What are the risks and challenges of blockchain adoption?

Blockchain, with all its buzz and promise, is like a double-edged sword for businesses. While it's packed with potential and numerous advantages, it also comes with its fair share of challenges. As with any emerging technology, there are difficulties to overcome and considerations to be made.

  • Scalability: Picture a highway. Now, imagine more and more cars joining in. If it's not built to handle the traffic, things will slow down, right? That's the scalability issue with blockchain. Especially with public blockchains, when there's a surge in transactions, things can slow down, and costs might rise. For businesses, this can be a significant concern, especially if they're looking to process large volumes of transactions in real-time.

  • Integration: Most businesses aren't starting from scratch. They've got their tech infrastructure and ecosystem in place. So, blending blockchain into the mix isn't always a smooth process. It's like trying to fit a square peg in a round hole sometimes. There's the tech side of things, training people up, and maybe even needing to revamp current systems. It's a bit of a juggling act and needs some solid planning.

  • Regulatory concerns: The rulebook on blockchain? It's still being written. Laws and standards vary from place to place, countries and government, and keep changing. So, businesses have to be on their toes, making sure they're playing by the rules, but also ready to pivot if those rules change.

  • Lack of understanding: Let's be honest, blockchain can be a head-scratcher. Not everyone gets it, and misconceptions are everywhere. If a team or even the big bosses are wary of what they don't understand, there might be some pushback. So, if blockchain's on the cards, a bit of Blockchain 101 for everyone could go a long way.

  • Cost: Sure, in the long run, blockchain might save some money. But getting started? That can make a dent in the wallet. Whether it's setting everything up, keeping things running, or making tweaks here and there, the costs add up. It's a balance of spending now to potentially save (or earn) more later.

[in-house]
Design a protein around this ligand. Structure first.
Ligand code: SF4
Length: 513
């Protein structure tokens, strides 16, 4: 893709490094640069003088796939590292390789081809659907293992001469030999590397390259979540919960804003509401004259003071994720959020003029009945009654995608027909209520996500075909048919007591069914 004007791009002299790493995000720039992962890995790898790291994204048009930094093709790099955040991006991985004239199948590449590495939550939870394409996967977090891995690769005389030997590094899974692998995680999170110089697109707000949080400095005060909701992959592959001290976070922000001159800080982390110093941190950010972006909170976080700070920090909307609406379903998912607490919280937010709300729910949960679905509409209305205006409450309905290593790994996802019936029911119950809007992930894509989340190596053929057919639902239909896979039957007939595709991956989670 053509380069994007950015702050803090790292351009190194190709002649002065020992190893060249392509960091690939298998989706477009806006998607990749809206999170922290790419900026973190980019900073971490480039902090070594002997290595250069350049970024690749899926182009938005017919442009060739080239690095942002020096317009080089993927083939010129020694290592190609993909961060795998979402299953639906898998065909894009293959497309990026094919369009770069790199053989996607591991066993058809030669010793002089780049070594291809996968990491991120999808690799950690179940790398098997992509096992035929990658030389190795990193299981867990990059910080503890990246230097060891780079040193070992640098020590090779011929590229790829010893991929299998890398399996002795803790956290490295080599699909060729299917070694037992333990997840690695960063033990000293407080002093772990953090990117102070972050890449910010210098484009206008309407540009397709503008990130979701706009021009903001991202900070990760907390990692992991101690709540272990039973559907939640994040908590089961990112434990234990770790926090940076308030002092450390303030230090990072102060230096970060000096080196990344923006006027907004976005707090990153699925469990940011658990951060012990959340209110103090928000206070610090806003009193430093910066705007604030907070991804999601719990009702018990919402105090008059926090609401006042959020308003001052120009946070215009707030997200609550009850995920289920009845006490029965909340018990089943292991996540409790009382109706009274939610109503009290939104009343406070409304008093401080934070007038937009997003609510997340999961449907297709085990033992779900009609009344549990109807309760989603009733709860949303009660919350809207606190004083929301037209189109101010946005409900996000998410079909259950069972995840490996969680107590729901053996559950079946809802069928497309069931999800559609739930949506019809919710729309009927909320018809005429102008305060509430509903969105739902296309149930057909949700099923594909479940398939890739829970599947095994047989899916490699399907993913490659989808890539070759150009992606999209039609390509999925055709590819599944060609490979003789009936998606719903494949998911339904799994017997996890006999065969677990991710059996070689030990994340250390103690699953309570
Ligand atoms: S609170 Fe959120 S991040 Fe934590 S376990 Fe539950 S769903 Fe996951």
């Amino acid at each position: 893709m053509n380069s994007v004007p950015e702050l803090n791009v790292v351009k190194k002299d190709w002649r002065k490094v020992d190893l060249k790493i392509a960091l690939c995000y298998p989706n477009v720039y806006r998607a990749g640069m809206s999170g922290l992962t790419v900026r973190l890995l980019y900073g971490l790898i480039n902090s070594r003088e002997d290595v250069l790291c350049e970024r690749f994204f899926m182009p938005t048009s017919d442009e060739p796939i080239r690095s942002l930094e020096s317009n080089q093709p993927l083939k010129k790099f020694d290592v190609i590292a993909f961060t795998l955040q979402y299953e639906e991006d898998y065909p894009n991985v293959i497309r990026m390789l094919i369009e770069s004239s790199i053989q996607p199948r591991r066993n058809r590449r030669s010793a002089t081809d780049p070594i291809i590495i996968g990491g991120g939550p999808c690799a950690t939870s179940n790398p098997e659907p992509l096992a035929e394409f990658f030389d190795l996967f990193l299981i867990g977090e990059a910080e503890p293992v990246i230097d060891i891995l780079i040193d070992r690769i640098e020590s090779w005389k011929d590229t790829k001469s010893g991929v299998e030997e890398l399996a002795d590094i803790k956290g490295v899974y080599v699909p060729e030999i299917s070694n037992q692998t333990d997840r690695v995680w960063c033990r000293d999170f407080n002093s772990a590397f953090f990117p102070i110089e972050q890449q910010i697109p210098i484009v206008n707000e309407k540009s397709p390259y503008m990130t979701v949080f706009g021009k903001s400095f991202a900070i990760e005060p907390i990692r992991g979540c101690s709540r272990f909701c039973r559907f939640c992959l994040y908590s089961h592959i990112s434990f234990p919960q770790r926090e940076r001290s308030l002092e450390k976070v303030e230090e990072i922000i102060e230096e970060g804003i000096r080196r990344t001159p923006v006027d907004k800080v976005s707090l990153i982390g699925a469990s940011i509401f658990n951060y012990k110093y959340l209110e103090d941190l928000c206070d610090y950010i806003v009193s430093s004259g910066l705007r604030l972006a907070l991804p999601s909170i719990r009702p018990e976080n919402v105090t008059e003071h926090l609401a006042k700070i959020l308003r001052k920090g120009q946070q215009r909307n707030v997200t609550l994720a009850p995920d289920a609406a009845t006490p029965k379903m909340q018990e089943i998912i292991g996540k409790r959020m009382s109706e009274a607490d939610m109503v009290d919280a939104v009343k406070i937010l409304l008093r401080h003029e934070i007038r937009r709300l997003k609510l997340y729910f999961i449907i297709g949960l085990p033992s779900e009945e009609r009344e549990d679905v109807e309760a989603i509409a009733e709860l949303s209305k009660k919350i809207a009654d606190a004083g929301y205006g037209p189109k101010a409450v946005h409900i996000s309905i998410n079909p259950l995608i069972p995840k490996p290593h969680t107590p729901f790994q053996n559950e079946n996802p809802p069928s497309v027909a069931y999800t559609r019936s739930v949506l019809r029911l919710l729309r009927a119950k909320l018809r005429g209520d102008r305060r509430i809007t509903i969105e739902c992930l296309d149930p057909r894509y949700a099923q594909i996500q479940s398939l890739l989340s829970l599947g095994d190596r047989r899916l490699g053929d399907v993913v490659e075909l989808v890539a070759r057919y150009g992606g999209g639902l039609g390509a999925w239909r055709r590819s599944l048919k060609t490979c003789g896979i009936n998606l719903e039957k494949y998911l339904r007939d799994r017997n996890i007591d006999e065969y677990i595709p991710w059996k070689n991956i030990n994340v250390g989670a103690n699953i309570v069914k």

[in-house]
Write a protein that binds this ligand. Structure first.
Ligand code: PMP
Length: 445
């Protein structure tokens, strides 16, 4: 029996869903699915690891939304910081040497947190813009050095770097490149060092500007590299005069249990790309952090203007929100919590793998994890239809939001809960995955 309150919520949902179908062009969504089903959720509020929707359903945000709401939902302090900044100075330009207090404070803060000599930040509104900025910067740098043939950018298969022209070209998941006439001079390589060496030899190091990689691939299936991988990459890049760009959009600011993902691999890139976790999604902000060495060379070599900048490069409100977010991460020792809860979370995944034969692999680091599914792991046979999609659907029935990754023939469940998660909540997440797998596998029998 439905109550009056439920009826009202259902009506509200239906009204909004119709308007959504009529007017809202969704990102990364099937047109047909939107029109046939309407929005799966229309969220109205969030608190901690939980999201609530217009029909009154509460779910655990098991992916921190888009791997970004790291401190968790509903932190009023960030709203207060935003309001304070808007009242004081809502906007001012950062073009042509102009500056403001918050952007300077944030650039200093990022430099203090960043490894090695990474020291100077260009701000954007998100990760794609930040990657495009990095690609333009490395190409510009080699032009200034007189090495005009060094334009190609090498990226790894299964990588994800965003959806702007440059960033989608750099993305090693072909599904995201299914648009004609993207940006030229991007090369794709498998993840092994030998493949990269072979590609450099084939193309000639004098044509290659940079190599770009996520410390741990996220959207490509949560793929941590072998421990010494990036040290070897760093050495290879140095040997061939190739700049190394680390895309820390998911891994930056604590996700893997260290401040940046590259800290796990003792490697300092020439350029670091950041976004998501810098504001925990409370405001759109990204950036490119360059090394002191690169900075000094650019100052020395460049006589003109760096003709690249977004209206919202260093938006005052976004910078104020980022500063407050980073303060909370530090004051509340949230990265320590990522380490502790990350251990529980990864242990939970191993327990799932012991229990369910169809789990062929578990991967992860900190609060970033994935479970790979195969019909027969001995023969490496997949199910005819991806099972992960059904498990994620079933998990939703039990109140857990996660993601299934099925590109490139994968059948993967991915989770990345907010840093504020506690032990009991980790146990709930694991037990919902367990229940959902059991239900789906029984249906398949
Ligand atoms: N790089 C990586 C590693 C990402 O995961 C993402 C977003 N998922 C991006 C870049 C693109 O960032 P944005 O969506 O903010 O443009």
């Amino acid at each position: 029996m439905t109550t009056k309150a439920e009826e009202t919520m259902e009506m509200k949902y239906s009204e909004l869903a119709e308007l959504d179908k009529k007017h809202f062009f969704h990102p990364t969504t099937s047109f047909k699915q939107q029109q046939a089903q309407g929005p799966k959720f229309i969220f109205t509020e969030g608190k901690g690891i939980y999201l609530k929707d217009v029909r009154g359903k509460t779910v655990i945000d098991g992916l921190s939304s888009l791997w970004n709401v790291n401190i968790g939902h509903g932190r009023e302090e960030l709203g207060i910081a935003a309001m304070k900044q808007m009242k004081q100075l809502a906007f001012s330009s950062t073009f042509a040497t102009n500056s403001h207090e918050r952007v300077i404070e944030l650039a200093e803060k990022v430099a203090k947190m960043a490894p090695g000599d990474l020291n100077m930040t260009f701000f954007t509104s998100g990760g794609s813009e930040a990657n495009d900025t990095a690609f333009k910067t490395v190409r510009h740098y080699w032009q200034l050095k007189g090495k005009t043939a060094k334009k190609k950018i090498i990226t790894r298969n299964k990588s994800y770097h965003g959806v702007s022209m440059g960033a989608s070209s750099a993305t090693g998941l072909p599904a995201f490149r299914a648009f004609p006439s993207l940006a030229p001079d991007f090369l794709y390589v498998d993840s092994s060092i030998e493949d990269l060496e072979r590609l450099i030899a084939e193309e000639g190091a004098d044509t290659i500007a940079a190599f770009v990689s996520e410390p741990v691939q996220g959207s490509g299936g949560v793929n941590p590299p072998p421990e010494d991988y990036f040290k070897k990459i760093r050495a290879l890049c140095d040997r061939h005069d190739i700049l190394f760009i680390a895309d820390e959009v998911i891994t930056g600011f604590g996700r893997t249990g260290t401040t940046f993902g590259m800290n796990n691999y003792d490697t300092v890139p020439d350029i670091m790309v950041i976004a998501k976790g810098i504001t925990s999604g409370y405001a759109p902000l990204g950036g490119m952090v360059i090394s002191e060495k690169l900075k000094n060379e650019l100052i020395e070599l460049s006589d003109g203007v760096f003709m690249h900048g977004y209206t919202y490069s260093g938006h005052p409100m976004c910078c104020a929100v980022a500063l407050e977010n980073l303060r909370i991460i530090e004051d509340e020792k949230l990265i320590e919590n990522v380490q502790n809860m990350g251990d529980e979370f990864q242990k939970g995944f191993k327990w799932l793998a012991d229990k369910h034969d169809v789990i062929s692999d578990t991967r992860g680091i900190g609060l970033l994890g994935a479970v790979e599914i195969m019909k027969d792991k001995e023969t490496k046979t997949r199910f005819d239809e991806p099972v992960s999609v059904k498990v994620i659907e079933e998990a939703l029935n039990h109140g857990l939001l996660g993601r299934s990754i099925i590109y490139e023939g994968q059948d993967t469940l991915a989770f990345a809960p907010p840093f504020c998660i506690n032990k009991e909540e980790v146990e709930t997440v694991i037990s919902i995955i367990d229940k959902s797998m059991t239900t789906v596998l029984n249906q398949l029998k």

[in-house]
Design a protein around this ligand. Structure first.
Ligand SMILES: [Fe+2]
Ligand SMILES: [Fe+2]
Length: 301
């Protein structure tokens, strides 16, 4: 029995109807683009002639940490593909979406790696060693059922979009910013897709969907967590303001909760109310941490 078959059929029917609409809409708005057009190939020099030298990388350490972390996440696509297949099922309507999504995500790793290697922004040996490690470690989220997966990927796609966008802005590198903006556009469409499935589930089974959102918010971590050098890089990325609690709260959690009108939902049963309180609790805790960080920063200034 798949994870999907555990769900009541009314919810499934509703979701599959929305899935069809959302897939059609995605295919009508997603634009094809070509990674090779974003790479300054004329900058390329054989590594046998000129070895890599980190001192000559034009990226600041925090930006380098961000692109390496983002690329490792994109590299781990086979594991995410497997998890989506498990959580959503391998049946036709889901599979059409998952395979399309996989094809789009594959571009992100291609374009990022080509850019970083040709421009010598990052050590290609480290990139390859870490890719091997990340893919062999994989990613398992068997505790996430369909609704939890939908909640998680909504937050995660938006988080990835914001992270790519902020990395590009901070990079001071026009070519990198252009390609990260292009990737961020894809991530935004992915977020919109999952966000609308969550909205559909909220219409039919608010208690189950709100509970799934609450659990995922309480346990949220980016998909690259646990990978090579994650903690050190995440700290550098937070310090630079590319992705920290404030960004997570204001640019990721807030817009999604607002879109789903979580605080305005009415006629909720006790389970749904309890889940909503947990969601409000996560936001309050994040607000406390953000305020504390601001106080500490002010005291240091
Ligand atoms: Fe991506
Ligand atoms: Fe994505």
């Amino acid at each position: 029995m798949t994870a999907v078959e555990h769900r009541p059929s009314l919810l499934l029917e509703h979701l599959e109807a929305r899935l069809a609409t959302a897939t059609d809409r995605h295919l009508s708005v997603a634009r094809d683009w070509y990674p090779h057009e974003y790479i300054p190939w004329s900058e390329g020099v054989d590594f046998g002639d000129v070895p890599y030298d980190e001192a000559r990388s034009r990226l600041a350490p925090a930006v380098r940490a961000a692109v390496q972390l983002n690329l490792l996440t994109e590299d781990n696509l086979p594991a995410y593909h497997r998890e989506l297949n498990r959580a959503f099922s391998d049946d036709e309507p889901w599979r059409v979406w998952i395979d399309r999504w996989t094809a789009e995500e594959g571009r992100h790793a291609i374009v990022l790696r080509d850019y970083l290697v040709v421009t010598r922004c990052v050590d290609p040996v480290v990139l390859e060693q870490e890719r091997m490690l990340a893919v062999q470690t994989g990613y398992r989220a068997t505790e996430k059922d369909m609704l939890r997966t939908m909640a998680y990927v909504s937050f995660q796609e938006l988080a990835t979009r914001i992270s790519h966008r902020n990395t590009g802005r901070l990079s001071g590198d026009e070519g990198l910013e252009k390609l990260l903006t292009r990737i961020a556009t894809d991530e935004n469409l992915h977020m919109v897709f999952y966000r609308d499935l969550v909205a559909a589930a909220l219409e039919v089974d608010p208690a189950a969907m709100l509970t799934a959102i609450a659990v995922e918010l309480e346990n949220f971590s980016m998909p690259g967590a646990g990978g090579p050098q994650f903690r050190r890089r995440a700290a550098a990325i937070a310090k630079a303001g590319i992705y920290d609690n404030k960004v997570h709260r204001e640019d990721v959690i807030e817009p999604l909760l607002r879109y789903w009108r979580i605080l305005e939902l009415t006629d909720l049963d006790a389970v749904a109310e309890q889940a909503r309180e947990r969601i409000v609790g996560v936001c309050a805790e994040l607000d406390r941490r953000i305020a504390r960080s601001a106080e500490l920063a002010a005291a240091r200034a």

Blockchain implementation best practices

Jumping into the world of blockchain is thrilling for businesses, but it's like navigating a maze; you've got to be sharp and plan ahead. 

So, if you're thinking of adopting the blockchain, here are some golden rules to keep in mind:

  1. Start small: Think of it like dipping your toes in the water before diving in. Kick things off with a pilot project or focus on a specific problem you want to solve. This way, you get a feel for how blockchain works, spot any hiccups, and see the real-world perks before going all out.

  2. Educate stakeholders: For many, blockchain might seem like it's out of a sci-fi movie. So, make sure everyone, from the top leaders to the developers, gets the gist of it. When everyone's clued in, decisions are smarter, and bumps on the road are fewer.

  3. Choose the right blockchain: It's like choosing the right outfit – not every blockchain fits every occasion. Whether you're eyeing a public, private, consortium, or a mix-and-match hybrid, it should align with what your business needs. Think about how fast you want things done, how open you want to be, and how much control you want – these will help you make the pick.

  4. Focus on security: Blockchain's reputation for security is well-earned, but it's not an excuse for complacency. Regular security audits and compliance checks, especially when handling sensitive data or financial transactions, are paramount. This proactive approach ensures data integrity and fortifies trust among users.

  5. Stay updated: The world of blockchain is like a river; it's always flowing and changing. New tricks, tools, API changes, and hurdles pop up all the time. So, stay in the loop. That way, your business is always ahead of the game, making the most of the latest and greatest while dodging any curveballs.

Wrapping up

Blockchain isn't just the latest buzz or some fancy term to drop in meetings; it's a game-changer.

Picture a world where every deal, big or tiny, is out in the open. A place where stumbling blocks and workflows in operations are old news, and trust in how things work isn't just a wish but a given. That's the magic of blockchain.

But, like any gadget, it comes with a manual. Jumping in without sizing it up could mean missing out on its magic or, even worse, making pricey blunders. 

It's like owning a top-tier race car but having no clue how to drive. The possibilities are sky-high, but how you harness them counts. By truly getting blockchain and playing to its strengths, businesses are on the edge of something big, ready to shake things up and set fresh benchmarks.



How is blockchain different from traditional databases?


Can blockchains be hacked?


What's the difference between a public and private blockchain?